cover image: Campus Unrest: The Legal Framework


Campus Unrest: The Legal Framework

3 May 2024

The challenge for those persons charged with controlling campus unrest is to safeguard protesters' right to free speech while ensuring that they don't infringe on the equal rights of others. The difficulties are twofold: First, to identify and enforce legitimate limitations on protected speech; and second, to properly delineate those other rights that may not be violated. We begin by examining the First Amendment. It directs that "Congress shall make no law ... abridging the freedom of speech." That text raises two threshold questions. First, it refers to "Congress," thus suggesting that neither state governments nor private colleges are covered. The "state government" issue was resolved in 1868, when the 14th Amendment was ratified. It authorized federal intervention if a state were to abridge the privileges or immunities of citizens, deprive anyone of due process, or deny them equal protection. Essentially, the 14th Amendment applied nearly all provisions in the Bill of Rights to the states. No longer would states be exempt from the First Amendment's assurances of free speech.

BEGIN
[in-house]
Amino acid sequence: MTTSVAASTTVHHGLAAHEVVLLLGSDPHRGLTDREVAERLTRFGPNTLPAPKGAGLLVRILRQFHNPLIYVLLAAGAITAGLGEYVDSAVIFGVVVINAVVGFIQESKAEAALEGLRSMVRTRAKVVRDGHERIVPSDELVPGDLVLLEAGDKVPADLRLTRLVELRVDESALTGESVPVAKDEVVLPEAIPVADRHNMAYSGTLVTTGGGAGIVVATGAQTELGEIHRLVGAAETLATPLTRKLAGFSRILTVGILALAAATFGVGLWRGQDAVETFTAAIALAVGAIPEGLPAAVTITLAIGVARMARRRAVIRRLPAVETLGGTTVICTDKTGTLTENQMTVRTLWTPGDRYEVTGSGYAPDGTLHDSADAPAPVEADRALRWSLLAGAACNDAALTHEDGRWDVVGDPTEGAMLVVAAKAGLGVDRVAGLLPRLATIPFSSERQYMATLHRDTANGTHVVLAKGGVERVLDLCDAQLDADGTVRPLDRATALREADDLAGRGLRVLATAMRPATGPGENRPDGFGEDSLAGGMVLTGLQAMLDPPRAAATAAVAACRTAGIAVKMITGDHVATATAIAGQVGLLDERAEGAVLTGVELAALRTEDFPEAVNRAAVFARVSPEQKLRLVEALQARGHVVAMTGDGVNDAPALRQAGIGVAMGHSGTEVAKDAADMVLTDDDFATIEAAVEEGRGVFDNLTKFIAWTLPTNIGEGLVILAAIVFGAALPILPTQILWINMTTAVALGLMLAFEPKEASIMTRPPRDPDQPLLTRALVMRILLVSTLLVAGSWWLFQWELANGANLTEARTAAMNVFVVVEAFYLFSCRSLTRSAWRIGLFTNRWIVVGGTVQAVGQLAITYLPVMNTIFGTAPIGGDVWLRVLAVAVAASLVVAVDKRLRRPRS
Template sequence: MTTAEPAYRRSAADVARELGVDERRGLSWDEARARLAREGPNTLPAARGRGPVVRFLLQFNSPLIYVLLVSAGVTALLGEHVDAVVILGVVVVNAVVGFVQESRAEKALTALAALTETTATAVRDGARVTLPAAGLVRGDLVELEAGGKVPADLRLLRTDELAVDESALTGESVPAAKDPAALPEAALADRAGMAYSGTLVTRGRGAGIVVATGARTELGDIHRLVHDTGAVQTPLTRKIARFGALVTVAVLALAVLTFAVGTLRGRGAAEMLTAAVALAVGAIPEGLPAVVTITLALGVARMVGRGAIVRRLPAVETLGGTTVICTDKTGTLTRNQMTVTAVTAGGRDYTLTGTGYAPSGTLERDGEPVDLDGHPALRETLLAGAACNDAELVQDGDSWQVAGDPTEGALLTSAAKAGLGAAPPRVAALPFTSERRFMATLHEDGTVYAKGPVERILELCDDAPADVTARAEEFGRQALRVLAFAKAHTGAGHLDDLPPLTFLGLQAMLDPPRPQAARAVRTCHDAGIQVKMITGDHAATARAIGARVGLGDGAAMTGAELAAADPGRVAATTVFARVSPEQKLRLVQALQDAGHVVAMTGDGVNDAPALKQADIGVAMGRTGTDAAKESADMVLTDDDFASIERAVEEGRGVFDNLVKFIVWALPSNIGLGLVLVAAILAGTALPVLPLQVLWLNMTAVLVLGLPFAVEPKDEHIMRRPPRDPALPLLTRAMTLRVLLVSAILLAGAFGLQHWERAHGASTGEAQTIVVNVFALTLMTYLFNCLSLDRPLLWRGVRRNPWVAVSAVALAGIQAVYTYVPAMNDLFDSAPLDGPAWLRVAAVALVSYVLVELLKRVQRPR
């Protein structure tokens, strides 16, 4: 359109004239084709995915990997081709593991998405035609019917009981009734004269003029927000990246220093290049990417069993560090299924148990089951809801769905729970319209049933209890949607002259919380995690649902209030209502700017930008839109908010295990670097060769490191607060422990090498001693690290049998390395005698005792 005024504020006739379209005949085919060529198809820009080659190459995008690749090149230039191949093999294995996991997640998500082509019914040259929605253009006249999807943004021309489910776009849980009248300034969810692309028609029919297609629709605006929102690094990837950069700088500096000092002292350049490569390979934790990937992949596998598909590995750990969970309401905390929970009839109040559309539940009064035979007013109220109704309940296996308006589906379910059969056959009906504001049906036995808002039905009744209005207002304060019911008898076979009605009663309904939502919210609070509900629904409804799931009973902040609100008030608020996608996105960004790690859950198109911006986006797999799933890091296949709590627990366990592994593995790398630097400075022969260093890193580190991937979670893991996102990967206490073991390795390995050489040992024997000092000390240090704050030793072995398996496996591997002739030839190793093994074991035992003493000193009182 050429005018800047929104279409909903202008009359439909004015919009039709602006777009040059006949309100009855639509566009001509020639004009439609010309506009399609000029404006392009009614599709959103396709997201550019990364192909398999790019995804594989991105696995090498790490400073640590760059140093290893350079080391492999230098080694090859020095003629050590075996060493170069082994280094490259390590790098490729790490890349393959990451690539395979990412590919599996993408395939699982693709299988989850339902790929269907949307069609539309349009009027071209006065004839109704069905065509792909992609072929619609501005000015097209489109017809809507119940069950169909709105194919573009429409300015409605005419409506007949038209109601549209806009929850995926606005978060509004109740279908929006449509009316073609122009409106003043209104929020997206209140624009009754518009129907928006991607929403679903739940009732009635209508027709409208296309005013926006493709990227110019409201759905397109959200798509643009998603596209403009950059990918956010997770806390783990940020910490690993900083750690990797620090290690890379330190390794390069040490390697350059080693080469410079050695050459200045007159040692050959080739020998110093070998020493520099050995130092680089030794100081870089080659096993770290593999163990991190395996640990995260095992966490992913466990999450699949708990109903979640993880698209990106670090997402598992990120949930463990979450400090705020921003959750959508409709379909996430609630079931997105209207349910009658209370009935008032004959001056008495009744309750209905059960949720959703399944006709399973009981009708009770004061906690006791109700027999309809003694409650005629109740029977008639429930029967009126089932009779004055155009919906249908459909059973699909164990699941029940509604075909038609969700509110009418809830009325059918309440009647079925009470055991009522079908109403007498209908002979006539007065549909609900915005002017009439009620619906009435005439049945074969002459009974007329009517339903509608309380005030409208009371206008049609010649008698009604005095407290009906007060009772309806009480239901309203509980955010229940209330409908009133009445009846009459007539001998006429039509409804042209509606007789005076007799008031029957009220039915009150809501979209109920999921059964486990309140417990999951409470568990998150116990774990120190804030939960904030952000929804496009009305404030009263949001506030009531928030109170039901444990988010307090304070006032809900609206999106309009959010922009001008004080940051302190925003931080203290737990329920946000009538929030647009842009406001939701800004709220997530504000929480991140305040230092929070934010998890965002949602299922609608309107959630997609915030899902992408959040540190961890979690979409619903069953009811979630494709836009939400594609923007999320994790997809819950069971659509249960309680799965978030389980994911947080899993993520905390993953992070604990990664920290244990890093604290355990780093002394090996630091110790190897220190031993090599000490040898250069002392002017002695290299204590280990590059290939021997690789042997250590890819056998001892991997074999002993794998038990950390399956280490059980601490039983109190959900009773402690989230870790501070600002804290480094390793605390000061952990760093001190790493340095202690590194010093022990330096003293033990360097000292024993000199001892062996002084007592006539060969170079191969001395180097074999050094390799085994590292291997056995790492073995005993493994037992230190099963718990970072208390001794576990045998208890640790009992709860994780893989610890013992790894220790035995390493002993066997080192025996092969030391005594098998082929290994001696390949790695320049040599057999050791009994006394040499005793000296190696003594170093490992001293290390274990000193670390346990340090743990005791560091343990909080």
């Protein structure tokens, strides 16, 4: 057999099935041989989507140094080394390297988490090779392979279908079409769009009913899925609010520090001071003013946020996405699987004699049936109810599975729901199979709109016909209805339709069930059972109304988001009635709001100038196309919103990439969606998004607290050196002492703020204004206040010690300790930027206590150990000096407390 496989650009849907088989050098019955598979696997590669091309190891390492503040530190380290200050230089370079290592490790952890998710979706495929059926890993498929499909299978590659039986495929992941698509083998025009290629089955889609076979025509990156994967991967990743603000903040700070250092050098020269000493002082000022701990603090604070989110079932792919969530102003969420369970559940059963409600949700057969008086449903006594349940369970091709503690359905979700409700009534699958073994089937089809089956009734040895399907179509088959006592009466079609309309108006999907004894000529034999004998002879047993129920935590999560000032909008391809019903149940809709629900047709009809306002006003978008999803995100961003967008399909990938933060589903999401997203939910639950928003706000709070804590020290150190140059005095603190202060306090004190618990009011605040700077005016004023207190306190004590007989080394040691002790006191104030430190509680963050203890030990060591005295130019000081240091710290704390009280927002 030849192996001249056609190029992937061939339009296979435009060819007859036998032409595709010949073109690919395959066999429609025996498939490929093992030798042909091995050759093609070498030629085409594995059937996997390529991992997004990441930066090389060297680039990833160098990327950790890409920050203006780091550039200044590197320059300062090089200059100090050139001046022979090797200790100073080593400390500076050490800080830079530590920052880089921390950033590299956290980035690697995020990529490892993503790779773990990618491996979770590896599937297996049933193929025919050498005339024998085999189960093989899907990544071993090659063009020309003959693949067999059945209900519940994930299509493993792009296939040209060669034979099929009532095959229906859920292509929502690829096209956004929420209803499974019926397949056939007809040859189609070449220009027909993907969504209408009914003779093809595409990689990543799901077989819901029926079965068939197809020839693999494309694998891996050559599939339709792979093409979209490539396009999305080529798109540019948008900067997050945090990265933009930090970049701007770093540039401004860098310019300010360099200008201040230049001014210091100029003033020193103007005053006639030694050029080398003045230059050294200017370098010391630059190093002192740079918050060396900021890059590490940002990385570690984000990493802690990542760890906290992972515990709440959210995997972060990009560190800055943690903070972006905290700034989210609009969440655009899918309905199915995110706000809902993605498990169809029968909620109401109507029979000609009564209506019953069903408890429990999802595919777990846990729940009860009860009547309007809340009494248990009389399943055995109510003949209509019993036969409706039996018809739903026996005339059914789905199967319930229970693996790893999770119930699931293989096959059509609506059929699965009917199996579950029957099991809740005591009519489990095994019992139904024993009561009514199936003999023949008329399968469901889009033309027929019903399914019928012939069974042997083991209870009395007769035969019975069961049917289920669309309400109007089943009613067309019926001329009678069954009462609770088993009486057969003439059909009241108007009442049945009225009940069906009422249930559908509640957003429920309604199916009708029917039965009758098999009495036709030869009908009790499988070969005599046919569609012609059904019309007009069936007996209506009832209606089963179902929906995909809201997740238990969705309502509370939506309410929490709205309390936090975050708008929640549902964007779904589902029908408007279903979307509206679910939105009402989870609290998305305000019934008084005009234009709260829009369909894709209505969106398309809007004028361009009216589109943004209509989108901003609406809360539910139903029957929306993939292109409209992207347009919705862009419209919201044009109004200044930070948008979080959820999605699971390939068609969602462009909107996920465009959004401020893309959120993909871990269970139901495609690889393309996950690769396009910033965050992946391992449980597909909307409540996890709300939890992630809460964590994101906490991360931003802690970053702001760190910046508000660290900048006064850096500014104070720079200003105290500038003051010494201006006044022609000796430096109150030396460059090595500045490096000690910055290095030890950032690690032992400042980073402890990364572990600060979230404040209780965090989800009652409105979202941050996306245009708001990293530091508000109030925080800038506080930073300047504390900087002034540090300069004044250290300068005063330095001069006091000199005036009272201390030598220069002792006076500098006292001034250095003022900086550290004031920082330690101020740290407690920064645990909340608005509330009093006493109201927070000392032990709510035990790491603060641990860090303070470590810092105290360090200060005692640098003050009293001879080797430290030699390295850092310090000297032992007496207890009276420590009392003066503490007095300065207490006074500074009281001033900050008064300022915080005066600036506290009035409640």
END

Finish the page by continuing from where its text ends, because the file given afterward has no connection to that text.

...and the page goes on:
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Robert A. Levy

Published in
United States of America

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